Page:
Major WIFI Vulnerability Discovered: KRACK Attack

Weekly Axis Of Easy #21

In this issue:

  • All your WIFI are belong to us: Major vulnerability in WPA2 to be released
  • Equifax website to address data breach infected with malware
  • Mobile phone companies sell your name & location data
  • Russia introduces “crypto-ruble”

All your WIFI are belong to us: Major vulnerability in WPA2 to be released

WPA2, the encryption algorithm in use today on nearly all WIFI access points has been discovered to have a major security flaw which renders them hackable. The upshot is that attackers will be able to read all data traversing the WIFI access point (another reason to use VPN sessions to further encrypt your data before it flows over the air).

Security researchers will release their findings at Computer and Communications Security (CCS) on November 1, 2017. My understanding of this so far is that once the paper drops and the inevitable exploits follow, both the access point and the clients will need vendor patching to be secure. Think “heart bleed” to the exponent “shell shock”.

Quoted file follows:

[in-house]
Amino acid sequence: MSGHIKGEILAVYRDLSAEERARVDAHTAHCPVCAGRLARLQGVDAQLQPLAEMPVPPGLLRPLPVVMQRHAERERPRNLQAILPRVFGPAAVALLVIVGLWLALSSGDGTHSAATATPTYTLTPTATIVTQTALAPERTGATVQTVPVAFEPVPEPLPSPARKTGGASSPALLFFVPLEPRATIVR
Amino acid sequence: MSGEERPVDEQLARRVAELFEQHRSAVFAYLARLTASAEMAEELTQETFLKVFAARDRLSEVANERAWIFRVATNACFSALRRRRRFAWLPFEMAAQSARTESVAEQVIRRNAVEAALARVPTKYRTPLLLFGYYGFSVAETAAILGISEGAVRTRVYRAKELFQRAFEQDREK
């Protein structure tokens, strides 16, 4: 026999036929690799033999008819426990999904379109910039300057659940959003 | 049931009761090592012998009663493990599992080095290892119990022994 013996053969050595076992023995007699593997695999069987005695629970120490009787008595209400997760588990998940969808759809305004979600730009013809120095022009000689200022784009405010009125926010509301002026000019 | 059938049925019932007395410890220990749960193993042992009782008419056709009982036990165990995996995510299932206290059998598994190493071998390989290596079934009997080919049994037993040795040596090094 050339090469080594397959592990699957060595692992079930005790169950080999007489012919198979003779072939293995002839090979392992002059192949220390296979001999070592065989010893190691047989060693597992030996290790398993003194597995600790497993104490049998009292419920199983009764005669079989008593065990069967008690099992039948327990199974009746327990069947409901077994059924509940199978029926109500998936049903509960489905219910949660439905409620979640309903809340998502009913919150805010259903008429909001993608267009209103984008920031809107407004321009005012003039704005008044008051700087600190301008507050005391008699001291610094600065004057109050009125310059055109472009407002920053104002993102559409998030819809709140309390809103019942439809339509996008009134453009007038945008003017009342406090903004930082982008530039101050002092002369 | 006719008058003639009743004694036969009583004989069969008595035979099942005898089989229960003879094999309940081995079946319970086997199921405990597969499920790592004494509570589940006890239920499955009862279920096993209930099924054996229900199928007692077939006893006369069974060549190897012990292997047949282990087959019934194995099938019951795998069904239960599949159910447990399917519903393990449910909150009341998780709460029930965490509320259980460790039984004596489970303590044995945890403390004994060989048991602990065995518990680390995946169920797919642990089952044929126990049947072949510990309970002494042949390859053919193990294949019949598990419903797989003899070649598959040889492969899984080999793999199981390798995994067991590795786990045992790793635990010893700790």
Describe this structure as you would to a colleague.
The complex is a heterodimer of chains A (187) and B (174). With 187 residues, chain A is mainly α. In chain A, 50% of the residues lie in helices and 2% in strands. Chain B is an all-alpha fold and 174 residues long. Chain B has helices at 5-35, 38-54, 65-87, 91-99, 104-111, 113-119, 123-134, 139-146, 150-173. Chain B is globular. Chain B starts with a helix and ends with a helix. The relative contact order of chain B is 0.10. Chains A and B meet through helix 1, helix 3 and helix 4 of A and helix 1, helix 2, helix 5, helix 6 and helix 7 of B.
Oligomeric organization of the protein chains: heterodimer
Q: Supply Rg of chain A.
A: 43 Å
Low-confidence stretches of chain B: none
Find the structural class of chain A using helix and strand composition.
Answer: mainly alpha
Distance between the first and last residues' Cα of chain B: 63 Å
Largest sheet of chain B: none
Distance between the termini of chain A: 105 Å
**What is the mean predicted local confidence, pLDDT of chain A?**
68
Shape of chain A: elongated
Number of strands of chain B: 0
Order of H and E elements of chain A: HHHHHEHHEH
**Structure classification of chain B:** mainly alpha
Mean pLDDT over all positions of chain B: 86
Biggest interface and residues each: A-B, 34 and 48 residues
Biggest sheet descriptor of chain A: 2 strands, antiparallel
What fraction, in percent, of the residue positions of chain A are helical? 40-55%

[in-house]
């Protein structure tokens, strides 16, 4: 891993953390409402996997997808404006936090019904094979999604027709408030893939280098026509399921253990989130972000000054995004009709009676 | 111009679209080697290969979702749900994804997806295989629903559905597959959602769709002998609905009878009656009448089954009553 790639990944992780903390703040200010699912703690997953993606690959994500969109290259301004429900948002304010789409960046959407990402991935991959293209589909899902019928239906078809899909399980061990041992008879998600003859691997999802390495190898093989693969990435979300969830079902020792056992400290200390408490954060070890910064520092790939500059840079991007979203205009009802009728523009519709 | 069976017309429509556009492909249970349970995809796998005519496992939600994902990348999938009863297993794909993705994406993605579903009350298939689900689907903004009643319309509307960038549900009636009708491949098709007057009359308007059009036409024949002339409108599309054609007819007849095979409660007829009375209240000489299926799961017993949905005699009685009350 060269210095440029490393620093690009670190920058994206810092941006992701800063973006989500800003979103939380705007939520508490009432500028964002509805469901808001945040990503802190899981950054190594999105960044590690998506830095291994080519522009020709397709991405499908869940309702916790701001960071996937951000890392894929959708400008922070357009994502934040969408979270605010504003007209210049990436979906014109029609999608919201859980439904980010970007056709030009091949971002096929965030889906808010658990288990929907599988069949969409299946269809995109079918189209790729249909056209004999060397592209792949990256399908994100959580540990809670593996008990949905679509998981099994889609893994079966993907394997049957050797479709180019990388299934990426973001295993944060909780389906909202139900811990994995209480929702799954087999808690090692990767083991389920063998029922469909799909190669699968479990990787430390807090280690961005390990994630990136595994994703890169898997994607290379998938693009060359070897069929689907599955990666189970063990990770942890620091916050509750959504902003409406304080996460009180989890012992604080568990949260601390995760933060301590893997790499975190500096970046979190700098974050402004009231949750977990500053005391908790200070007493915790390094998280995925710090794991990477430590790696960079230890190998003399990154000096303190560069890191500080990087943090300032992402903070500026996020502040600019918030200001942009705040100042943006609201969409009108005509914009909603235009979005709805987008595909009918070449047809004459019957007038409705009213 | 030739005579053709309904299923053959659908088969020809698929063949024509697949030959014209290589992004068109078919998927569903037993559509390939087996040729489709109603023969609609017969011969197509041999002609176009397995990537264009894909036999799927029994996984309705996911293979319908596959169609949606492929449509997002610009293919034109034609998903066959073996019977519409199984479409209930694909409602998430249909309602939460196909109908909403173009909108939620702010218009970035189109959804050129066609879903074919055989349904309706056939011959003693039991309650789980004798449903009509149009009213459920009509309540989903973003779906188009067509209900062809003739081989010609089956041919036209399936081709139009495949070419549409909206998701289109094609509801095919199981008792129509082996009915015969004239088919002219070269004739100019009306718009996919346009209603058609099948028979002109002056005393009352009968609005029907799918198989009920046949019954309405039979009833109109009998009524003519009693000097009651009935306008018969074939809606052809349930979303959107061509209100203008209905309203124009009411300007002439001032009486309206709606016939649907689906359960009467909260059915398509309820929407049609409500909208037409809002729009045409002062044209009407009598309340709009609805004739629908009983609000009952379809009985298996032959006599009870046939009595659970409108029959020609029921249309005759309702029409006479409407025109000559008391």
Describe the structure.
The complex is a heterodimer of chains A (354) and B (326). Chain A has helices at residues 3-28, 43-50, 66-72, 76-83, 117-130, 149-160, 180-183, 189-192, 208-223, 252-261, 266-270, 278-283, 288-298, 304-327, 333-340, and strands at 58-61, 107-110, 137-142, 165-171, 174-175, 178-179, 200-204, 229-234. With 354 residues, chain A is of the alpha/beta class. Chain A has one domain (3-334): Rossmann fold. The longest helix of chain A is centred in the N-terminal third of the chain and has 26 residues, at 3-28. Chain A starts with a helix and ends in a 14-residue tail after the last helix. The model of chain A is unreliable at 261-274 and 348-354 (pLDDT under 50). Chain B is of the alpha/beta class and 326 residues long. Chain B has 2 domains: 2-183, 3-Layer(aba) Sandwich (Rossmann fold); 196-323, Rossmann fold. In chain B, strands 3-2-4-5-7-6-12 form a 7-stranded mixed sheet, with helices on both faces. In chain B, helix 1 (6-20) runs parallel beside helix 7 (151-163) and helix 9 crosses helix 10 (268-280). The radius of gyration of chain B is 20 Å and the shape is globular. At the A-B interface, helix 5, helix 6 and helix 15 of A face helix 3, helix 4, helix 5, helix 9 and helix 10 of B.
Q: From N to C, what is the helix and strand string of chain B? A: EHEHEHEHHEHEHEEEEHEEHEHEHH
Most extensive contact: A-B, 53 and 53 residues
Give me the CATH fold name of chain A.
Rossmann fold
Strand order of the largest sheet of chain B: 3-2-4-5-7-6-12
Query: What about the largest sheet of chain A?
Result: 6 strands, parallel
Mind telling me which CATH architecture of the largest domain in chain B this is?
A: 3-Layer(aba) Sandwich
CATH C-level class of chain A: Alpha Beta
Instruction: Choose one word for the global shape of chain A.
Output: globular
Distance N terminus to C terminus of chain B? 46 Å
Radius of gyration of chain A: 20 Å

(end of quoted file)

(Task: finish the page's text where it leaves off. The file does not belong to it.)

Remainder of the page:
Also read:


Equifax consumer assistance website infected with malware

The hits just keep on coming for Equifax. After one of the worst data breaches in history the company received further criticism for winning a “no-bid” contract with the IRS to “secure taxpayer data”. Now it turns out the public information website it set up to help consumers understand the nature of the data breach was itself infected and thus served up malware to those browsing it. The hostile code took form of a fake “Adobe Flash Update” which instead of updating Flash, installed third-party spyware on the subject computer.

Keep up the good work Equifax!

Mobile phone companies sell your name & location data

Techrunch reported [Shotwell Labs’ co-founder findings][URL:] that even after the FCC penalized Verizon for injecting markers into their customers’ data that enabled them to be tracked without customer consent, the practice is still thriving across mobile providers and being used to sell name and location data to whoever ponies up for it.

The mobile providers are injecting a new data element similar to Verizon’s Unique Identifier Header (UIDH) which is appended to HTTP requests and allows websites visited to see personally identifiable data, including billing and location info, if they subscribe to the carriers data feed for it. While the article does enumerate some legitimate reasons for websites to gain access to this (employee tracking), it’s still concerning.

Also read:

Russia introduces “crypto-ruble” 

The Russian Minister of Communications announced last week the creation of a “CryptoRuble” which will be an official state currency and will enjoy full convertibility into Russian rubles. That said, since it will not be mined and the government is maintaining total control over it (the private keys I assume?) it’s a stretch to call this a full-on “crypto-currency” as much a a state controlled :”digital cash”.

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